- The Jayhawks are hoping that RB-turned-DE Toben Opurum's second year in the position sees a breakthrough that the first did not (14.5 tackles, 3.5 TFL/sacks, 3 PBU). He is really the only returning end who produced anything in 2010, though tackles Richard Johnson (26.0 tackles, 3.0 TFL/sacks) and Patrick Dorsey (19.5 tackles, 4.0 TFL/sacks, 1 FF) were somewhat interesting.
Kansas's 2010 Season Set to Music
I was going to say Kanye's "See You In My Nightmares" for obvious reasons, but really, that isn't nearly depressing enough. I recommend just searching for 2010 Kansas Football on YouTube with either your favorite Neutral Milk Hotel or Elliot Smith album on in the background. That should convey the mood nicely.
Fun Stat Nerd Tidbit
Summary and Projection Factors
Below is a small handful of projection and change factors most pertinent to the Football Outsiders' preseason projections you will find in this summer's Football Outsiders Almanac 2011.
|Four-Year F/+ Rk||62|
|Five-Year Recruiting Rk||41|
|TO Margin/Adj. TO Margin****||-8 / -6.5|
|Approx. Ret. Starters (Off. / Def.)||14 (8, 6)|
Kansas had a little bit of bad fumble luck, and their YPP margin suggests they were rather unlucky there too. They return a lot of starters, and their five-year recruiting rank is decent. All of these signs point to improvement in 2011.
But how much? The 2010 Jayhawks were the worst Big 12 team of the last six years -- their minus-21.0% F/+ rating was significantly worse than that of the second-worst team of that span, 2008 Iowa State (-14.9%) -- and they ranked 32 spots worse than the second-worst Big 12 team (again, Iowa State) last fall. Because of their great 2007 season, their four-year history is not terrible, and initial Football Outsiders Almanac 2011 projections have them battling it out with ISU for last place instead of finishing a distant last.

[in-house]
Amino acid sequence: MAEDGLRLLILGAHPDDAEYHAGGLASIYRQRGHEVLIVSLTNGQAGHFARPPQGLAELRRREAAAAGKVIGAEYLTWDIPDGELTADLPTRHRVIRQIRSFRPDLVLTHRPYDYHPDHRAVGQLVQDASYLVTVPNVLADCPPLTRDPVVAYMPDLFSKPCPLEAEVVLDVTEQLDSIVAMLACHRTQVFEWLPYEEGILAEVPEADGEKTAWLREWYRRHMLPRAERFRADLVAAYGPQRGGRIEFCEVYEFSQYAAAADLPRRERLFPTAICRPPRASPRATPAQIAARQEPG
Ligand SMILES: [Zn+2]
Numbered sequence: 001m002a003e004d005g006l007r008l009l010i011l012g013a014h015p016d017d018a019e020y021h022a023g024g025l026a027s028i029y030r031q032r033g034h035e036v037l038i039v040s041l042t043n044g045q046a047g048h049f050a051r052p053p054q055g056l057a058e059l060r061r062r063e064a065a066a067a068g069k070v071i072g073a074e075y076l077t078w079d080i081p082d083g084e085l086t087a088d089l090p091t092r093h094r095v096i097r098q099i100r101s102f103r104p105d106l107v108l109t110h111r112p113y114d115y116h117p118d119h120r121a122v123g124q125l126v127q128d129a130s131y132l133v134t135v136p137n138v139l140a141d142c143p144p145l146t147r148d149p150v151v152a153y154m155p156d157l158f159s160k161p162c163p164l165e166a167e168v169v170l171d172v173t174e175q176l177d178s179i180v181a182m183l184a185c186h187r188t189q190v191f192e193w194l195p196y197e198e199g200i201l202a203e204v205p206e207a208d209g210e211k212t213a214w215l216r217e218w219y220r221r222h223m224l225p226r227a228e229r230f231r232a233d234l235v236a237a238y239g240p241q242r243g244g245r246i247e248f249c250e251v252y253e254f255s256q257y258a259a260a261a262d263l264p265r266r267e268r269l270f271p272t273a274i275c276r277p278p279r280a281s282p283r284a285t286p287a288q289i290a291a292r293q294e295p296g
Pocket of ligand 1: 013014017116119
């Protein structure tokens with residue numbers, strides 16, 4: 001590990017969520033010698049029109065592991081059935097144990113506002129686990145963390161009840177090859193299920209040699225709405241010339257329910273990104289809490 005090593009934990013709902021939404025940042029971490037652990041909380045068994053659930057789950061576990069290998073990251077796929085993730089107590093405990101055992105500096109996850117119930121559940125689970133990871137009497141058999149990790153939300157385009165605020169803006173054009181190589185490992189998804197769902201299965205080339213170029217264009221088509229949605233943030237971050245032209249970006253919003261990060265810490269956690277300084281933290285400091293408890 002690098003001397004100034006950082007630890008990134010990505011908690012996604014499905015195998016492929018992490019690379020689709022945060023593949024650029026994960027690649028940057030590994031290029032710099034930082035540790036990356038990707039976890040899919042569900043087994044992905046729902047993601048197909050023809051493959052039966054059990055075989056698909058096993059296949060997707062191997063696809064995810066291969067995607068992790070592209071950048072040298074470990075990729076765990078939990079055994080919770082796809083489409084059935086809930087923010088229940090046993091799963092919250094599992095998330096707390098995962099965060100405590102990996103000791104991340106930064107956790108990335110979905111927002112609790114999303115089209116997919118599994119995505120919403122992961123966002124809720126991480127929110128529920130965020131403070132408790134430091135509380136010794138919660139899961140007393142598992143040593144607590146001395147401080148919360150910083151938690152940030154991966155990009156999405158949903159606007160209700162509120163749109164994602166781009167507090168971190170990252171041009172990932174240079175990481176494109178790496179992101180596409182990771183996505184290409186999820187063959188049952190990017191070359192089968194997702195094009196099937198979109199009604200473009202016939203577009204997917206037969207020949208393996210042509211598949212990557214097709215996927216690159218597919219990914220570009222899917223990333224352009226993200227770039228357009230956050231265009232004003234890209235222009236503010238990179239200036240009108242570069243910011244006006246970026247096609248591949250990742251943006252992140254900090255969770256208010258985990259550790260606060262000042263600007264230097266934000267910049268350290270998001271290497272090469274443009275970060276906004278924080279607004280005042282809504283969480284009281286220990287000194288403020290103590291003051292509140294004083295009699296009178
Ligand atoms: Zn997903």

But that Washington State specter looms. Teams don't collapse out of nowhere like this and immediately rebound with much velocity. While Gill figures out what he has (and preferably begins to think about a new pair of coordinators with an actual underdog mentality), it's not hard to see Kansas improving a bit and at least showing occasional saltiness in the fall; but it's also not hard to see the Jayhawks bottoming out. Kansas fans should look for individual progress from some of the youngsters -- Webb at quarterback, Sims, Sands and Miller at running back, et cetera -- in the hopes of building for 2012-13, but 2011 is most likely not going to be too pleasant an experience in Lawrence, especially not with their most winnable conference game (Iowa State) coming on the road.
* For more on the 'Adj. Score' and 'Adj. Record' measures below, feel free to read this Football Outsiders column. Adj. Score is a look at how a team would have performed in a given week if playing a perfectly average team, with a somewhat average number of breaks and turnovers. The idea for the measure is simple: what if everybody in the country played exactly the same opponent every single week? Who would have done the best? It is an attempt to look at offensive and defensive consistency without getting sidetracked by easy or difficult schedules. And yes, with adjusted score you can allow a negative number of points, which is strangely satisfying.
** F/+ rankings are the official rankings for the college portion of Football Outsiders. They combine my own S&P+ rankings (based on play-by-play data) with Brian Fremeau's drives-based FEI rankings.
*** What is S&P+? Think of it as an OPS (the "On-Base Plus Slugging" baseball measure) for football. The 'S' stands for success rates, a common Football Outsiders efficiency measure that basically serves as on-base percentage. The 'P' stands for PPP+, an explosiveness measure that stands for EqPts Per Play. The "+" means it has been adjusted for the level of opponent, obviously a key to any good measure in college football. S&P+ is measured for all non-garbage time plays in a given college football game. Plays are counted within the following criteria: when the score is within 28 points in the first quarter, within 24 points in the second quarter, within 21 points in the third quarter, and within 16 points (i.e. two possession) in the fourth quarter. For more about this measure, visit the main S&P+ page at Football Outsiders.
**** Adj. TO Margin is what a team's turnover margin would have been if they had recovered exactly 50 percent of all the fumbles that occurred in their games. If there is a huge difference between TO Margin and Adj. TO Margin (in other words, if fumbles and unlucky bounces were the main source of a good/bad TO margin), that suggests that a team's luck was particularly good or bad and might even out the next season.
*****Phil Steele has long tracked Yards Per Point as a means of looking at teams that were a little too efficient or inefficient the previous season. A positive Yds/Pt Margin means a team's offense was less efficient than opponents' offenses, and to the extent that luck was involved, their luck might even out the next year.